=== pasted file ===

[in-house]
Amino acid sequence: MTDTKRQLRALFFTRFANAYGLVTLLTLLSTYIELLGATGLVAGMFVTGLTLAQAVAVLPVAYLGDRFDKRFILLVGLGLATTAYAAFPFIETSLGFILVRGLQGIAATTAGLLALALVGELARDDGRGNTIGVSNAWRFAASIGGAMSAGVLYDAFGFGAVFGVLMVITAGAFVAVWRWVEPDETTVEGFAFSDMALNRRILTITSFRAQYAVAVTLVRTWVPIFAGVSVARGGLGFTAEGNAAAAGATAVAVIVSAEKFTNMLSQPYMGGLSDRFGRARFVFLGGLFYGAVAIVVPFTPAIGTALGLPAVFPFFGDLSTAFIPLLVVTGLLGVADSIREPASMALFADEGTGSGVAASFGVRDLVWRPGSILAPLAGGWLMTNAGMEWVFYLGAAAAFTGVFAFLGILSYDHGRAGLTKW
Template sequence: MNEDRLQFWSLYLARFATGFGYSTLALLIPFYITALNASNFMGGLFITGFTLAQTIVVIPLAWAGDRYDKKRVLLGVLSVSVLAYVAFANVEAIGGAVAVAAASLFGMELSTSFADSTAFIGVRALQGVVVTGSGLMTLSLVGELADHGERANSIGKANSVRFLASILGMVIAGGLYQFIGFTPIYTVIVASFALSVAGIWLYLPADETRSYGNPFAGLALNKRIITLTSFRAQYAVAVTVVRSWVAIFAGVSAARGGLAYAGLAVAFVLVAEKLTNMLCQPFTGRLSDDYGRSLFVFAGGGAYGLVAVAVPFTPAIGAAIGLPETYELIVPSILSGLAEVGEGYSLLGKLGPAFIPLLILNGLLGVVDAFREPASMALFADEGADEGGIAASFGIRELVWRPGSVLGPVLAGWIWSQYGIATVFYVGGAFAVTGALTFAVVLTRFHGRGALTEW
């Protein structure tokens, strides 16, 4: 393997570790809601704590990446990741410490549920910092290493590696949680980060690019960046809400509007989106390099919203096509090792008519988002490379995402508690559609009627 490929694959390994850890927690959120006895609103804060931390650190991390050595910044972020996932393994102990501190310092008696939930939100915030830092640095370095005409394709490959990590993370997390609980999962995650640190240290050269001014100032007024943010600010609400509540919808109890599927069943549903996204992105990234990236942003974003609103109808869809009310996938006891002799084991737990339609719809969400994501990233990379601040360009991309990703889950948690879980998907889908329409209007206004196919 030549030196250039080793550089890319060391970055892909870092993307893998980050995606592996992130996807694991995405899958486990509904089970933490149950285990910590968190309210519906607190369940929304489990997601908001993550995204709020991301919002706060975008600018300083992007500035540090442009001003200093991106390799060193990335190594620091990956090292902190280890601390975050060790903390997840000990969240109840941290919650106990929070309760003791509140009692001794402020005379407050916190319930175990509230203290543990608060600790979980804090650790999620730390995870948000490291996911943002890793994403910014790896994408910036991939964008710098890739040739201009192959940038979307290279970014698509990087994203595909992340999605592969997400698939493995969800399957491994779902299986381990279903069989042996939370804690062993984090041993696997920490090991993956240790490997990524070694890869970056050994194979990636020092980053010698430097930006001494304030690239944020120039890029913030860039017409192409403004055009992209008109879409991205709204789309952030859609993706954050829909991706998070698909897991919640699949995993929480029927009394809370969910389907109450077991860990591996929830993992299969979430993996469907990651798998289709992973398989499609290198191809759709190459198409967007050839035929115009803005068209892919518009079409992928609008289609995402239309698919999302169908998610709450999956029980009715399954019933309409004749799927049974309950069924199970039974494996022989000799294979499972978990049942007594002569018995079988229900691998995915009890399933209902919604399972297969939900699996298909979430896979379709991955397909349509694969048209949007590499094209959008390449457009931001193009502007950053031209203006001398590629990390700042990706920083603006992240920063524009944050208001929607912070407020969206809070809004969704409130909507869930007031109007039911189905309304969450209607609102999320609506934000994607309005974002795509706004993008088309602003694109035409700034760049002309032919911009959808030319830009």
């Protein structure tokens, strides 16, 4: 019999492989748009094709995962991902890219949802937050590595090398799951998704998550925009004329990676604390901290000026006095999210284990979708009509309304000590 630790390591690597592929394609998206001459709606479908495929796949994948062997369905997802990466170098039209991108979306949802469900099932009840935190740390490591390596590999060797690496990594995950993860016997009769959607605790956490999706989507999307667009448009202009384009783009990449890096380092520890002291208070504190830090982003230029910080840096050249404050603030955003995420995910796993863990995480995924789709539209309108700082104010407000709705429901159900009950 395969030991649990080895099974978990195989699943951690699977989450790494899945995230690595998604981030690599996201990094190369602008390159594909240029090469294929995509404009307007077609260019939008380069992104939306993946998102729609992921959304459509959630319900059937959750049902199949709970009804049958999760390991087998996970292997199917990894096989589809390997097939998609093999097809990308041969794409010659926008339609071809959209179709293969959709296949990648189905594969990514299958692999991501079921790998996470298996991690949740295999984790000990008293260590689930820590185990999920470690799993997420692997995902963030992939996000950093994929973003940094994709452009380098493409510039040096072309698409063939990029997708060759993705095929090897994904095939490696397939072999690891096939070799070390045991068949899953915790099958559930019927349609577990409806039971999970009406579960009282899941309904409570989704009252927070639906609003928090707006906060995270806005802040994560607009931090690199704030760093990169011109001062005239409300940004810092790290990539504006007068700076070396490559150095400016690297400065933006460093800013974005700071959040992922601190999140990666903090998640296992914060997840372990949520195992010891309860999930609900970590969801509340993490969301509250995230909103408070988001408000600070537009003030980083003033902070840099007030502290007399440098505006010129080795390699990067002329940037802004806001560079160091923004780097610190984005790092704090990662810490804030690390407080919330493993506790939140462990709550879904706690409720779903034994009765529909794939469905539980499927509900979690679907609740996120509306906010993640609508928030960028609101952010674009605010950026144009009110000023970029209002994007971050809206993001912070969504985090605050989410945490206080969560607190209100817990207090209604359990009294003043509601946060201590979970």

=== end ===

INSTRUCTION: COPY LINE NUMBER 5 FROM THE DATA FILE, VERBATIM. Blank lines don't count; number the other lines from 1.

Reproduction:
């Protein structure tokens, strides 16, 4: 019999492989748009094709995962991902890219949802937050590595090398799951998704998550925009004329990676604390901290000026006095999210284990979708009509309304000590 630790390591690597592929394609998206001459709606479908495929796949994948062997369905997802990466170098039209991108979306949802469900099932009840935190740390490591390596590999060797690496990594995950993860016997009769959607605790956490999706989507999307667009448009202009384009783009990449890096380092520890002291208070504190830090982003230029910080840096050249404050603030955003995420995910796993863990995480995924789709539209309108700082104010407000709705429901159900009950 395969030991649990080895099974978990195989699943951690699977989450790494899945995230690595998604981030690599996201990094190369602008390159594909240029090469294929995509404009307007077609260019939008380069992104939306993946998102729609992921959304459509959630319900059937959750049902199949709970009804049958999760390991087998996970292997199917990894096989589809390997097939998609093999097809990308041969794409010659926008339609071809959209179709293969959709296949990648189905594969990514299958692999991501079921790998996470298996991690949740295999984790000990008293260590689930820590185990999920470690799993997420692997995902963030992939996000950093994929973003940094994709452009380098493409510039040096072309698409063939990029997708060759993705095929090897994904095939490696397939072999690891096939070799070390045991068949899953915790099958559930019927349609577990409806039971999970009406579960009282899941309904409570989704009252927070639906609003928090707006906060995270806005802040994560607009931090690199704030760093990169011109001062005239409300940004810092790290990539504006007068700076070396490559150095400016690297400065933006460093800013974005700071959040992922601190999140990666903090998640296992914060997840372990949520195992010891309860999930609900970590969801509340993490969301509250995230909103408070988001408000600070537009003030980083003033902070840099007030502290007399440098505006010129080795390699990067002329940037802004806001560079160091923004780097610190984005790092704090990662810490804030690390407080919330493993506790939140462990709550879904706690409720779903034994009765529909794939469905539980499927509900979690679907609740996120509306906010993640609508928030960028609101952010674009605010950026144009009110000023970029209002994007971050809206993001912070969504985090605050989410945490206080969560607190209100817990207090209604359990009294003043509601946060201590979970």